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More shooters take aim at Central Whidbey club
More and more shooters are coming to a club near Outlying Field to hone their skills.
The Central Whidbey Sportsmen’s Association, which is nestled on property on Safari Street between Outlying Field and the Island Transit headquarters campus on State Highway 20, has enjoyed a membership boom in recent years.
When the association’s current president, Lou Gunn, joined the club in 2001, it had 109 members. The current membership roll places that number at 573, Gunn said.
He added that it wasn’t until about three years ago that “we really started expanding rapidly.”
Gunn is quick to point out the features the sportsman association facility offers, which includes ranges that are between 12 and 75 yards, a bowling pin range, bays to shoot steel targets and trap shooting.
The association offers events throughout the year for the benefit of shooters from all walks.
Hunter safety courses, rifle safety courses, competitive events for trap shooters, pistol, and rifle events are offered by the club.
The Sportsmen Association also hosted the Black Powder Living History Rendezvous last month. That event provided a snapshot of pre-1840 pioneer life.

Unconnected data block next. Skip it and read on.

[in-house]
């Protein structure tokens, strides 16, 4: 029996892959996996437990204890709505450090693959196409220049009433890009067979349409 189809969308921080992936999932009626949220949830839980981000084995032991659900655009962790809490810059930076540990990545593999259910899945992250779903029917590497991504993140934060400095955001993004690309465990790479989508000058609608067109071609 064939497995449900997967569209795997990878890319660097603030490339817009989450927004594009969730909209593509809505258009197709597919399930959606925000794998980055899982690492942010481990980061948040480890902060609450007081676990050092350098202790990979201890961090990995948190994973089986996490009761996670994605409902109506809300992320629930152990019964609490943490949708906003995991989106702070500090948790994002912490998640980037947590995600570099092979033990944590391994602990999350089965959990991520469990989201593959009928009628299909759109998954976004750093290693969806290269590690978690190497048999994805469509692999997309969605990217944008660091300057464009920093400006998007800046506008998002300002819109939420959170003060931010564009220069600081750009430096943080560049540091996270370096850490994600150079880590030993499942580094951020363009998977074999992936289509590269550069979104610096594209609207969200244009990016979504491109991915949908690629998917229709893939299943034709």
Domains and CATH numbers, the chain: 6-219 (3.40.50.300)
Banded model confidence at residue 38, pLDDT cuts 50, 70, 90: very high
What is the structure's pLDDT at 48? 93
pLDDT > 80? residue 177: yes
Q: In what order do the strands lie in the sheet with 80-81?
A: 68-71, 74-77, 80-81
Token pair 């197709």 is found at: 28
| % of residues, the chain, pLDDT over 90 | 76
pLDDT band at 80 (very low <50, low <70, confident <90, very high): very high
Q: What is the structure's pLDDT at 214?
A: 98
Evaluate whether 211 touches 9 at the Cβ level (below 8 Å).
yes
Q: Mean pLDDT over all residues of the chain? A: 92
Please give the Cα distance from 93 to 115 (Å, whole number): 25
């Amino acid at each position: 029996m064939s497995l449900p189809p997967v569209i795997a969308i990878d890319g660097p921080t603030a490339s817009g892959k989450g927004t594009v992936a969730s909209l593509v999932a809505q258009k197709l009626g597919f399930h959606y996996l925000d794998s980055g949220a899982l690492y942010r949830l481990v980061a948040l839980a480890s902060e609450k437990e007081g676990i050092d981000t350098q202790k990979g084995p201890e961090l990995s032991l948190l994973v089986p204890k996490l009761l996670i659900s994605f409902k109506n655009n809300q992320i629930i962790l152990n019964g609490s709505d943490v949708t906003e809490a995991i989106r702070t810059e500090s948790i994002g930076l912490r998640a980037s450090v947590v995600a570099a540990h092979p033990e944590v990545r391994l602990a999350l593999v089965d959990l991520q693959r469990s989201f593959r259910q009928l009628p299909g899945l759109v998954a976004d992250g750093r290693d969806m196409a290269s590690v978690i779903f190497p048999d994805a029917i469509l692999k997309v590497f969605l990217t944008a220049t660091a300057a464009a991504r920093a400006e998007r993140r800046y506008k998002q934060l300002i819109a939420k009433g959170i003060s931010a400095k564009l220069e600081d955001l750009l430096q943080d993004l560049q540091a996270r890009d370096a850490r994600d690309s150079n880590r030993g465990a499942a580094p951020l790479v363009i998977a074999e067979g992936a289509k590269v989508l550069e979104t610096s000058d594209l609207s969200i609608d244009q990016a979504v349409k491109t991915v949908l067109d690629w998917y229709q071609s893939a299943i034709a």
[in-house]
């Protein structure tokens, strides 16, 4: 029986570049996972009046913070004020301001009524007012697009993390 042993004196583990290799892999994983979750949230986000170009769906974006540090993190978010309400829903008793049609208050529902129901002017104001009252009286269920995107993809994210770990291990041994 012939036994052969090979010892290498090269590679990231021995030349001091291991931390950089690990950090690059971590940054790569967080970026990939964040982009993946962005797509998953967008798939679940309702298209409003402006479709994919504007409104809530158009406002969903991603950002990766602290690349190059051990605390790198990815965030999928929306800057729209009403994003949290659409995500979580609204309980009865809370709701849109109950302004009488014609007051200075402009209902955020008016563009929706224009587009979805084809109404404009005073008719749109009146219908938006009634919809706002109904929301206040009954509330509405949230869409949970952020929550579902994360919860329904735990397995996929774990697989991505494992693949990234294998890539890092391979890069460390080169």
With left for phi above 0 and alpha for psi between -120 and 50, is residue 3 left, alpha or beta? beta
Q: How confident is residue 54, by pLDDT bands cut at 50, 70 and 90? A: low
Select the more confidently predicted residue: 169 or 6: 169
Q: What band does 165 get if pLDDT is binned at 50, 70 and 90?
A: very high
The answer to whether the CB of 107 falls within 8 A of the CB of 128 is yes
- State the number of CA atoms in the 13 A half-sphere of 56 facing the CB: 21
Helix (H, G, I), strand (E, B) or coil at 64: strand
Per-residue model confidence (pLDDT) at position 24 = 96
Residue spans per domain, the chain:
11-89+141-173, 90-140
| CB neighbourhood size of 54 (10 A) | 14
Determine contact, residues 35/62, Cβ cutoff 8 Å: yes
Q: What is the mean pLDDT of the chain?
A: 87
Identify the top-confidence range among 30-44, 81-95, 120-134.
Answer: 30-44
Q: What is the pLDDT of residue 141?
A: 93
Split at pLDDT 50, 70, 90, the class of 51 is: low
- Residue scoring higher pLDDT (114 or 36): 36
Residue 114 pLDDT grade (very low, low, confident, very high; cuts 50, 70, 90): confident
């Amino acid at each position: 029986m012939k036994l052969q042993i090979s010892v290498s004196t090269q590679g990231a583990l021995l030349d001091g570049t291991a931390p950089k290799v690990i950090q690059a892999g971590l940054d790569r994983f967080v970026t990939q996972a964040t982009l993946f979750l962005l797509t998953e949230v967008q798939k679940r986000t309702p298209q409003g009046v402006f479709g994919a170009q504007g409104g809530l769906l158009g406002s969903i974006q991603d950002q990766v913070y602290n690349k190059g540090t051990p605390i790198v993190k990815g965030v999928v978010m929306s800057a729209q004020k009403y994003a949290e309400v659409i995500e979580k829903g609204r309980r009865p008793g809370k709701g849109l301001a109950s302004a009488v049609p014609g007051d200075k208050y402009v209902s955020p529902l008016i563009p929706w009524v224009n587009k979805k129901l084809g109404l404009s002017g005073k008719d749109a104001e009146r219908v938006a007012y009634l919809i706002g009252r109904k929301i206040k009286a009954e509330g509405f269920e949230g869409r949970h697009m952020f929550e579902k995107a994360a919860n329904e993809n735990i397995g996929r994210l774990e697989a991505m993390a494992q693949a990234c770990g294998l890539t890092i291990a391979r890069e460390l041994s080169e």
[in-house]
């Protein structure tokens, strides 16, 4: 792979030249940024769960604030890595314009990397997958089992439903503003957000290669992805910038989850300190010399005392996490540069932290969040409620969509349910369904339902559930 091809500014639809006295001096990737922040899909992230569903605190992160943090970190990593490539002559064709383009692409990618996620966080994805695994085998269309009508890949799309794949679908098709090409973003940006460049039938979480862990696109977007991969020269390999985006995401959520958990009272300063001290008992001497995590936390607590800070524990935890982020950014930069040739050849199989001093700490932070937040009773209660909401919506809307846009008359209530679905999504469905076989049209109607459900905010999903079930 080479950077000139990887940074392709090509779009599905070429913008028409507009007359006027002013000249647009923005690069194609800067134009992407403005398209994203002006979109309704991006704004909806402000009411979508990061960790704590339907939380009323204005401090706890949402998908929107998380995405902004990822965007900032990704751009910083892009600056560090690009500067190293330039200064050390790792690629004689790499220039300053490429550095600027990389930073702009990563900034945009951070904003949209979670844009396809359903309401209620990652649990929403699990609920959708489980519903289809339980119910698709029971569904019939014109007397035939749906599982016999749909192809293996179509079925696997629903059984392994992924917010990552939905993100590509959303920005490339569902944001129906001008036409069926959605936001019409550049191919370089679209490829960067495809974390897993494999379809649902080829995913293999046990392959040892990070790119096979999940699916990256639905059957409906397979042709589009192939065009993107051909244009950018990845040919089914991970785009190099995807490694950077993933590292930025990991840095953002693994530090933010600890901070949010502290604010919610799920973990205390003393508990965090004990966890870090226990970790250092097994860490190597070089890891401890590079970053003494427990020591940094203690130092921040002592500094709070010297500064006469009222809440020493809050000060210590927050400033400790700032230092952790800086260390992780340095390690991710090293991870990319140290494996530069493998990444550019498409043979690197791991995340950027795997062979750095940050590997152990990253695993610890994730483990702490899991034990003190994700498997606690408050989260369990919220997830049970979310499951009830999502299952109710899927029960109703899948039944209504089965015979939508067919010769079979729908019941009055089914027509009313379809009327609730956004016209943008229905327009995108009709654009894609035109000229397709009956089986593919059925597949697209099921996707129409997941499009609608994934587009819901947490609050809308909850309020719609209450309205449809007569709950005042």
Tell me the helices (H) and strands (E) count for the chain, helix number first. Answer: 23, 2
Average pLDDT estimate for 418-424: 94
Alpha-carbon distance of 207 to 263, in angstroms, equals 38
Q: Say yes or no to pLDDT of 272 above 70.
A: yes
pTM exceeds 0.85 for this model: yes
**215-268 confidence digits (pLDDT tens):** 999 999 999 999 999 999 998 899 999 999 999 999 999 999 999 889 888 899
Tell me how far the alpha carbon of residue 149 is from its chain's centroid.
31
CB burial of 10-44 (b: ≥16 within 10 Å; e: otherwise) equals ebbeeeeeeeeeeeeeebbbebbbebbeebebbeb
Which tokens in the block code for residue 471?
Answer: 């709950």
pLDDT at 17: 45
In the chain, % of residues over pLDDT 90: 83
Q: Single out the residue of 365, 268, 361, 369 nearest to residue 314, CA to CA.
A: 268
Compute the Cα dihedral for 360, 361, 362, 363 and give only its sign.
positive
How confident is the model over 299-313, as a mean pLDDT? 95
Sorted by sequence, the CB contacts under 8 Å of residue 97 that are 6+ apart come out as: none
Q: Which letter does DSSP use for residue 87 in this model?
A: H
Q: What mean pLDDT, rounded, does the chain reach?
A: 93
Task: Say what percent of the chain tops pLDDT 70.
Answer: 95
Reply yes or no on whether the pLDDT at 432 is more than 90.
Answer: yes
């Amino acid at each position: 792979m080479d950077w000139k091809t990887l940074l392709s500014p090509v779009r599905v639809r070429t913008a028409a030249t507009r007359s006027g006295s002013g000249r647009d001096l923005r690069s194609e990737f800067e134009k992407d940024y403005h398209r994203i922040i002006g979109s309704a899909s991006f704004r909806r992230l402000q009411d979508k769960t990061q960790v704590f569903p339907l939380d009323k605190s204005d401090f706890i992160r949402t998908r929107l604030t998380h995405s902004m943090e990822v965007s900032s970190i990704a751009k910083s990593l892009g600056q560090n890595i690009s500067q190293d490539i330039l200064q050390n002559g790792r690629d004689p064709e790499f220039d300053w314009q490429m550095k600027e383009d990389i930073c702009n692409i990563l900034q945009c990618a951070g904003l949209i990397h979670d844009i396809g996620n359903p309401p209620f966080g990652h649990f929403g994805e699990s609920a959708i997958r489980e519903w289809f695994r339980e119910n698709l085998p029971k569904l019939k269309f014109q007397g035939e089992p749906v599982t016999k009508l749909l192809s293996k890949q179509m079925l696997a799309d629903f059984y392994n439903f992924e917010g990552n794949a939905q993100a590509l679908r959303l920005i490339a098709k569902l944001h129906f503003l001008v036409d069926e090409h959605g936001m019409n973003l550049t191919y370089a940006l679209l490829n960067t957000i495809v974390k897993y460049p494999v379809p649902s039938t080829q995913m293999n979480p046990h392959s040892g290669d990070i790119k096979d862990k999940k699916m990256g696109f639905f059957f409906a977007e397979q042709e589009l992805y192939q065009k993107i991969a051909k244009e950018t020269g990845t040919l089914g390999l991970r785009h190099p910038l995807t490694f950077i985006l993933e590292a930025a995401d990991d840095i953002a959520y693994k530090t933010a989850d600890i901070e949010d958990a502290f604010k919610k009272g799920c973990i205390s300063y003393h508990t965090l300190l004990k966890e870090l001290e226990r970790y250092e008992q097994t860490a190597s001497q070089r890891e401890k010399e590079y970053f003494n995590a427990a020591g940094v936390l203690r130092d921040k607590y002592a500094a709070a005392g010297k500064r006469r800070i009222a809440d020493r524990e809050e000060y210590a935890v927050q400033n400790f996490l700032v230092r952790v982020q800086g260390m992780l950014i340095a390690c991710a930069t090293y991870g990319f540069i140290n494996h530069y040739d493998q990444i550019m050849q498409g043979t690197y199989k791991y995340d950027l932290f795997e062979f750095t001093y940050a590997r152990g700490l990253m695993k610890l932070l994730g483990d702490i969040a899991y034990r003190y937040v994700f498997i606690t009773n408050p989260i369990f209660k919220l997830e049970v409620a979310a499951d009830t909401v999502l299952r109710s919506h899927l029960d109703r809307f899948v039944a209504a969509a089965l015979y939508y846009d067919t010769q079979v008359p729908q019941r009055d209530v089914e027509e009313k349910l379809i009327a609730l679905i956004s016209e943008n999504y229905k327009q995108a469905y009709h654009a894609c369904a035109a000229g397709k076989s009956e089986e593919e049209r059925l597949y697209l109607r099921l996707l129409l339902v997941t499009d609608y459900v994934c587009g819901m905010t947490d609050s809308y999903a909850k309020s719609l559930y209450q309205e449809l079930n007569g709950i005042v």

Amid the safety education classes and shooting events, the organization started a women’s group, known as the Well Armed Woman Shooting Club. The group started scheduling meetings several months ago and it is nearing 50 members.
There are several other shooting ranges on Whidbey Island, but Gunn said the Central Whidbey Club is the largest.
Other ranges on the island include the Holmes Harbor Rod and Gun Club on South Whidbey and the North Whidbey Sportsmen’s Association.
The larger numbers of members has meant the Central Whidbey Club could improve its facilities.
“We’re upgrading because we’ve been attracting members,” Gunn said. The organization’s clubhouse was recently expanded and association leaders are looking to add another shooting range.
He added that Whidbey-based law enforcement officers and park rangers conduct training sessions at the association’s gun ranges.
Gunn said the location of the association’s shooting ranges, which is surrounded by Outlying Field, Island Transit’s headquarters and a farm.
“We’ve got a lot of buffer around us,” Gunn said, adding members also planted 275 trees on the club’s property that will eventually screen the club’s activities.
“We don’t want to be obtrusive,” Gunn said. “We want to be an asset to the community.” He noted the club is organizing a shoot, the annual President’s Benefit Charity Match, at the end of the month which will benefit Gifts from the Heart food bank. That event goes from 9 a.m. - 1 p.m. Saturday, Sept. 28. Tickets are $1.50 or $5 for four.
For information about the Central Whidbey Sportsmen’s Association, go to www.cwsaonline.org or call 360-678-1665.